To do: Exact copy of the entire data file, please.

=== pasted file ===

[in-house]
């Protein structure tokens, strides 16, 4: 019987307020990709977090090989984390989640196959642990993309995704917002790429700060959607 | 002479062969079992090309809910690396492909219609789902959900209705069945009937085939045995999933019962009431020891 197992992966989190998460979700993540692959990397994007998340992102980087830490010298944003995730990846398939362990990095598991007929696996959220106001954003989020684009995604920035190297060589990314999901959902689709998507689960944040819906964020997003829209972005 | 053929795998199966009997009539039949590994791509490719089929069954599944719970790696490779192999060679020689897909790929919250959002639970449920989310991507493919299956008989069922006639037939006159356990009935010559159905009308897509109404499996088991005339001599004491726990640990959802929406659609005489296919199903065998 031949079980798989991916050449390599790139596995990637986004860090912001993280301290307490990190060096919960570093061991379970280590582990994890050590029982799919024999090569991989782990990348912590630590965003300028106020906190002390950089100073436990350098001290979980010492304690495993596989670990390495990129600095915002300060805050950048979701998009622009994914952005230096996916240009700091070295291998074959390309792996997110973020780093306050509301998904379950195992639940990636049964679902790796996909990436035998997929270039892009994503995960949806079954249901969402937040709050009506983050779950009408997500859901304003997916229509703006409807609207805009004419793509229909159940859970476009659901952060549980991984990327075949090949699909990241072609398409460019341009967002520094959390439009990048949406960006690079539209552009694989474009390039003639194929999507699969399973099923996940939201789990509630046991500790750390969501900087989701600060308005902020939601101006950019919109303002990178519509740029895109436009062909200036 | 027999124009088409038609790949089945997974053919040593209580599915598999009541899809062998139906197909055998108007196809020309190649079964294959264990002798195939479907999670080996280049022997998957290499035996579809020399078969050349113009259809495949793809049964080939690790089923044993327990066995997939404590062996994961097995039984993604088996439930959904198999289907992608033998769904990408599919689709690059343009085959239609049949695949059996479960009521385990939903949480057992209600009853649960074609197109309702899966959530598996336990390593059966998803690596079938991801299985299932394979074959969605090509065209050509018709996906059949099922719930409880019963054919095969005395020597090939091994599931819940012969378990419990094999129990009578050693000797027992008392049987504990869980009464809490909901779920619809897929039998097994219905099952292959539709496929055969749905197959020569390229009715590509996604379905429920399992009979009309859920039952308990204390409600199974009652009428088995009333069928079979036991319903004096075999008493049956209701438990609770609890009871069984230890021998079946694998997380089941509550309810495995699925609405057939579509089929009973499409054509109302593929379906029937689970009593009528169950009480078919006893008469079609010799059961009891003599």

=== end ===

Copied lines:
[in-house]
């Protein structure tokens, strides 16, 4: 019987307020990709977090090989984390989640196959642990993309995704917002790429700060959607 | 002479062969079992090309809910690396492909219609789902959900209705069945009937085939045995999933019962009431020891 197992992966989190998460979700993540692959990397994007998340992102980087830490010298944003995730990846398939362990990095598991007929696996959220106001954003989020684009995604920035190297060589990314999901959902689709998507689960944040819906964020997003829209972005 | 053929795998199966009997009539039949590994791509490719089929069954599944719970790696490779192999060679020689897909790929919250959002639970449920989310991507493919299956008989069922006639037939006159356990009935010559159905009308897509109404499996088991005339001599004491726990640990959802929406659609005489296919199903065998 031949079980798989991916050449390599790139596995990637986004860090912001993280301290307490990190060096919960570093061991379970280590582990994890050590029982799919024999090569991989782990990348912590630590965003300028106020906190002390950089100073436990350098001290979980010492304690495993596989670990390495990129600095915002300060805050950048979701998009622009994914952005230096996916240009700091070295291998074959390309792996997110973020780093306050509301998904379950195992639940990636049964679902790796996909990436035998997929270039892009994503995960949806079954249901969402937040709050009506983050779950009408997500859901304003997916229509703006409807609207805009004419793509229909159940859970476009659901952060549980991984990327075949090949699909990241072609398409460019341009967002520094959390439009990048949406960006690079539209552009694989474009390039003639194929999507699969399973099923996940939201789990509630046991500790750390969501900087989701600060308005902020939601101006950019919109303002990178519509740029895109436009062909200036 | 027999124009088409038609790949089945997974053919040593209580599915598999009541899809062998139906197909055998108007196809020309190649079964294959264990002798195939479907999670080996280049022997998957290499035996579809020399078969050349113009259809495949793809049964080939690790089923044993327990066995997939404590062996994961097995039984993604088996439930959904198999289907992608033998769904990408599919689709690059343009085959239609049949695949059996479960009521385990939903949480057992209600009853649960074609197109309702899966959530598996336990390593059966998803690596079938991801299985299932394979074959969605090509065209050509018709996906059949099922719930409880019963054919095969005395020597090939091994599931819940012969378990419990094999129990009578050693000797027992008392049987504990869980009464809490909901779920619809897929039998097994219905099952292959539709496929055969749905197959020569390229009715590509996604379905429920399992009979009309859920039952308990204390409600199974009652009428088995009333069928079979036991319903004096075999008493049956209701438990609770609890009871069984230890021998079946694998997380089941509550309810495995699925609405057939579509089929009973499409054509109302593929379906029937689970009593009528169950009480078919006893008469079609010799059961009891003599």